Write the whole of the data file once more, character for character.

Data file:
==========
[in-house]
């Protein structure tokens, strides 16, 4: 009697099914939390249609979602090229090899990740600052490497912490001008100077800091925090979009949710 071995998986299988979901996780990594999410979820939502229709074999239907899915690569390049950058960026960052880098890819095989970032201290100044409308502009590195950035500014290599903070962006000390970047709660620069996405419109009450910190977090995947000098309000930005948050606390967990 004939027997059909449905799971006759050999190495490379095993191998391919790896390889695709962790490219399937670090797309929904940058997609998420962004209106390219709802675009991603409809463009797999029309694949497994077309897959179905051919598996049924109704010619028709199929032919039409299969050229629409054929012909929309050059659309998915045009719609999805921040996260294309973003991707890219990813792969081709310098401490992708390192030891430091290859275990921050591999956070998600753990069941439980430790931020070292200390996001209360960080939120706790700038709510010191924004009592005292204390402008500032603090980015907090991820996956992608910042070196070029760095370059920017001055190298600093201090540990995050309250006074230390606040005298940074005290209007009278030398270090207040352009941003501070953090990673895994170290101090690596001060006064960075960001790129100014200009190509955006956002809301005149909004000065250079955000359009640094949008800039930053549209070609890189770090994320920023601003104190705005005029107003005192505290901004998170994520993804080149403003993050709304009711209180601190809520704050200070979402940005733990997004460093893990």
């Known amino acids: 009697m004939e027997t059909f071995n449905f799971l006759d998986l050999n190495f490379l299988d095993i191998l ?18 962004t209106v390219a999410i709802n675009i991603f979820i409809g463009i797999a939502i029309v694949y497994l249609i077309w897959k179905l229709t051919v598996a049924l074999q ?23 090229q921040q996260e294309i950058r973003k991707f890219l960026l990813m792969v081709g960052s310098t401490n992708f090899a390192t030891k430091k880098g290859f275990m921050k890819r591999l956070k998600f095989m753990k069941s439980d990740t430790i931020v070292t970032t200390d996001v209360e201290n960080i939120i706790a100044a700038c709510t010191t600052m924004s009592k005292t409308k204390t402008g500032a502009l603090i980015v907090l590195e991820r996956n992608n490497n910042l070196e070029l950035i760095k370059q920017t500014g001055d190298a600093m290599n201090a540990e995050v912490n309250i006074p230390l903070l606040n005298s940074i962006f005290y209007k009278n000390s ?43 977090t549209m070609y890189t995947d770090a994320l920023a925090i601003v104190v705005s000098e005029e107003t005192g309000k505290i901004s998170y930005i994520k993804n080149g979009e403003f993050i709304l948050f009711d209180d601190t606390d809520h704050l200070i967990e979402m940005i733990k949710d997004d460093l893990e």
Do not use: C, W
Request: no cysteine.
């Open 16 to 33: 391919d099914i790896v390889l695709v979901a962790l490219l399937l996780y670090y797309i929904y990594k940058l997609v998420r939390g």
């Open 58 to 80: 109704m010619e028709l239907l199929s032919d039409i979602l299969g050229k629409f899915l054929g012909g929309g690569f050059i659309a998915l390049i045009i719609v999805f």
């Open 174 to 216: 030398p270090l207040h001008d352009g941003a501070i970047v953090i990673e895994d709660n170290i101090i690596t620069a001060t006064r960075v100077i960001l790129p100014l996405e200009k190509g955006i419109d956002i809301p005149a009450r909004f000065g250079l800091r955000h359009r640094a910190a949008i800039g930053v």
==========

[in-house]
């Protein structure tokens, strides 16, 4: 009697099914939390249609979602090229090899990740600052490497912490001008100077800091925090979009949710 071995998986299988979901996780990594999410979820939502229709074999239907899915690569390049950058960026960052880098890819095989970032201290100044409308502009590195950035500014290599903070962006000390970047709660620069996405419109009450910190977090995947000098309000930005948050606390967990 004939027997059909449905799971006759050999190495490379095993191998391919790896390889695709962790490219399937670090797309929904940058997609998420962004209106390219709802675009991603409809463009797999029309694949497994077309897959179905051919598996049924109704010619028709199929032919039409299969050229629409054929012909929309050059659309998915045009719609999805921040996260294309973003991707890219990813792969081709310098401490992708390192030891430091290859275990921050591999956070998600753990069941439980430790931020070292200390996001209360960080939120706790700038709510010191924004009592005292204390402008500032603090980015907090991820996956992608910042070196070029760095370059920017001055190298600093201090540990995050309250006074230390606040005298940074005290209007009278030398270090207040352009941003501070953090990673895994170290101090690596001060006064960075960001790129100014200009190509955006956002809301005149909004000065250079955000359009640094949008800039930053549209070609890189770090994320920023601003104190705005005029107003005192505290901004998170994520993804080149403003993050709304009711209180601190809520704050200070979402940005733990997004460093893990």
């Known amino acids: 009697m004939e027997t059909f071995n449905f799971l006759d998986l050999n190495f490379l299988d095993i191998l ?18 962004t209106v390219a999410i709802n675009i991603f979820i409809g463009i797999a939502i029309v694949y497994l249609i077309w897959k179905l229709t051919v598996a049924l074999q ?23 090229q921040q996260e294309i950058r973003k991707f890219l960026l990813m792969v081709g960052s310098t401490n992708f090899a390192t030891k430091k880098g290859f275990m921050k890819r591999l956070k998600f095989m753990k069941s439980d990740t430790i931020v070292t970032t200390d996001v209360e201290n960080i939120i706790a100044a700038c709510t010191t600052m924004s009592k005292t409308k204390t402008g500032a502009l603090i980015v907090l590195e991820r996956n992608n490497n910042l070196e070029l950035i760095k370059q920017t500014g001055d190298a600093m290599n201090a540990e995050v912490n309250i006074p230390l903070l606040n005298s940074i962006f005290y209007k009278n000390s ?43 977090t549209m070609y890189t995947d770090a994320l920023a925090i601003v104190v705005s000098e005029e107003t005192g309000k505290i901004s998170y930005i994520k993804n080149g979009e403003f993050i709304l948050f009711d209180d601190t606390d809520h704050l200070i967990e979402m940005i733990k949710d997004d460093l893990e």
Do not use: C, W
Request: no cysteine.
């Open 16 to 33: 391919d099914i790896v390889l695709v979901a962790l490219l399937l996780y670090y797309i929904y990594k940058l997609v998420r939390g």
């Open 58 to 80: 109704m010619e028709l239907l199929s032919d039409i979602l299969g050229k629409f899915l054929g012909g929309g690569f050059i659309a998915l390049i045009i719609v999805f």
């Open 174 to 216: 030398p270090l207040h001008d352009g941003a501070i970047v953090i990673e895994d709660n170290i101090i690596t620069a001060t006064r960075v100077i960001l790129p100014l996405e200009k190509g955006i419109d956002i809301p005149a009450r909004f000065g250079l800091r955000h359009r640094a910190a949008i800039g930053v």